Alexander Cooley is professor and chair of the Political Science Department at Barnard College, Columbia University in New York where he teaches international relations. He is the author of dozens of articles and four academic books. His most recent book, Great Games, Local Rules: The New Great Power Contest in Central Asia (Oxford 2012) examined U.S.–Russia–Chinarelations in Central Asia from 2001-2011 as a case study of the emerging politics and values promoted by a multipolar world and was described by Asia Policy as “possibly the most cogent critique of post-Cold War orthodoxy published to date.” In addition to his academic work, Prof. Cooley serves on several international advisory boards and working groups and has contributed pieces to the New York Times, Wall Street Journal, Foreign Affairs and Foreign Policy. He is a frequent commentator on Eurasian issues for international media outlets, while his work has been supported by fellowships with the German Marshall Fund of the United States, the Smith Richardson Foundation, the Carnegie Corporation and Open Society Foundations, among others. He earned his MA and PhD in Political Science from Columbia University.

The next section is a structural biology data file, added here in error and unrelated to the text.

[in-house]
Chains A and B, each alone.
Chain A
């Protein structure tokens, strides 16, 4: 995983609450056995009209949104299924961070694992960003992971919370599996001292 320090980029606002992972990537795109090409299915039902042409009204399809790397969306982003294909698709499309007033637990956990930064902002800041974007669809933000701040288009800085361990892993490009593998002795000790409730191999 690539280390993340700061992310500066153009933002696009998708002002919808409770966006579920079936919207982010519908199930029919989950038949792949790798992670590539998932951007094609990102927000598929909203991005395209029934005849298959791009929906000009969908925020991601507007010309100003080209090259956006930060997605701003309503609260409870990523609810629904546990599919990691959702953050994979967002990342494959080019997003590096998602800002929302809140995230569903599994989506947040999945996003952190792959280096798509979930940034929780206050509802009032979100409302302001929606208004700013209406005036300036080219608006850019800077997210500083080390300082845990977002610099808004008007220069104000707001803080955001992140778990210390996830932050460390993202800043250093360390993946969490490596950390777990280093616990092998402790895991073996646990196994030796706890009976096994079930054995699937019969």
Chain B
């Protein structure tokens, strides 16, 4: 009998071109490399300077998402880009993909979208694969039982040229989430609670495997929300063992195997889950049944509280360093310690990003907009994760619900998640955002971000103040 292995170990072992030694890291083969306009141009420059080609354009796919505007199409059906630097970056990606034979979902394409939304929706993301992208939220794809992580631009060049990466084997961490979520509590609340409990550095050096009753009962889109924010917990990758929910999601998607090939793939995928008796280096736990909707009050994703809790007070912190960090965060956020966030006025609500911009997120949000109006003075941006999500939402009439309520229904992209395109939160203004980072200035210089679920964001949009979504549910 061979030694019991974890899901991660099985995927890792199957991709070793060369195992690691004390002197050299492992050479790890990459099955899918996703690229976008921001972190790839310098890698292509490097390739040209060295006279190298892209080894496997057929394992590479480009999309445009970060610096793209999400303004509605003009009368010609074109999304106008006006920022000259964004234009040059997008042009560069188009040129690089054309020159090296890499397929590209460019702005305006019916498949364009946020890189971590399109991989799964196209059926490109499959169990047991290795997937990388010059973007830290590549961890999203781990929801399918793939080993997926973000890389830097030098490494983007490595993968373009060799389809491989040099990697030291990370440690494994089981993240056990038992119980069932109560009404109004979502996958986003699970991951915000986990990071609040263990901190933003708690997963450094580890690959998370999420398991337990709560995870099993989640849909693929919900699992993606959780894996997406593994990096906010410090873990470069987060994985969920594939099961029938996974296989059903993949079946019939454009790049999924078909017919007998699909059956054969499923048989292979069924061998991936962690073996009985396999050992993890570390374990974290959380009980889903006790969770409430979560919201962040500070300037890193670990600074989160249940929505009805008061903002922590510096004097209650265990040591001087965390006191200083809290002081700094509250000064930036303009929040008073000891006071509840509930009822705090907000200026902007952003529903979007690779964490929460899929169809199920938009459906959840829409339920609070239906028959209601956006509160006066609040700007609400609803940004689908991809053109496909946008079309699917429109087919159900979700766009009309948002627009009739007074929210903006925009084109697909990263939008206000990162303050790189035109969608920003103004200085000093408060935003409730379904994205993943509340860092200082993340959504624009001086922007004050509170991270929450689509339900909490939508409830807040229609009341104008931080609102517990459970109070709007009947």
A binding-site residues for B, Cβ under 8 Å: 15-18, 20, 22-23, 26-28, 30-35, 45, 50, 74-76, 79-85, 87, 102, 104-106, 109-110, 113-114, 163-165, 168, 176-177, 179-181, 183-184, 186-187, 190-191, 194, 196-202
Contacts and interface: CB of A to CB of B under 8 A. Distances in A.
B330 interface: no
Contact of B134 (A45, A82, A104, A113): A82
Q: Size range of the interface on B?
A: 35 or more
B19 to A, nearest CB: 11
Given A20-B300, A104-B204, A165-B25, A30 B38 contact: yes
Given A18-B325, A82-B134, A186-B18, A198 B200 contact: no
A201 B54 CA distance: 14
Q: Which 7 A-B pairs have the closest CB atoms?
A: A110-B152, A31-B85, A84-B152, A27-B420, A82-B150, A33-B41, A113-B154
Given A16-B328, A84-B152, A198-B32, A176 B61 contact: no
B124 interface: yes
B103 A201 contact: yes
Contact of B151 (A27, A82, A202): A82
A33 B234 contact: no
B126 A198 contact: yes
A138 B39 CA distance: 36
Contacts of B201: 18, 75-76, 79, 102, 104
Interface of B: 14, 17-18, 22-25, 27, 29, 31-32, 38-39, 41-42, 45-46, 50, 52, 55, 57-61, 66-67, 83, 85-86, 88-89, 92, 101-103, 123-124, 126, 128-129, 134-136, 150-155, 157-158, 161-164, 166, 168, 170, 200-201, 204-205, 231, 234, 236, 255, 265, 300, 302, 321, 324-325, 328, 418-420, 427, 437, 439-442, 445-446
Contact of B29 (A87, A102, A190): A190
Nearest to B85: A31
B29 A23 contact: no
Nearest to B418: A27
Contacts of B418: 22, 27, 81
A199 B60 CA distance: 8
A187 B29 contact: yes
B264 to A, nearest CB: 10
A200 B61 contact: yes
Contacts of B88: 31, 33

The year of 2014 has been a seminal one for international relations and the global balance of power. During this year, NATO forces are withdrawing from Afghanistan, the United States is rebalancing its security footprint in East Asia, and Russia is challenging the West’s global influence through its confrontation with Washington over Ukraine. These landmark geopolitical events of 2014 are forcing international actors–including states, companies and non-governmental organizations– to reassess their strategic priorities and their roles in this new emerging international environment. These events are also drawing renewed critical attention to the Western-governed system of rules, law and institutional environment that has traditionally governed international relations. As a result, we are now seeing a number of challenges to US-led global governance across a number of issues areas (security, economic, financial and cultural), while China has emerged as an increasingly influential global power in this new multipolar order.

Beijing – ‘The Meaning of 2014: International Political Crisis and the Future of the US-China-Russia Triangle’ with Alexander Cooley, Professor of Political Science at Columbia University
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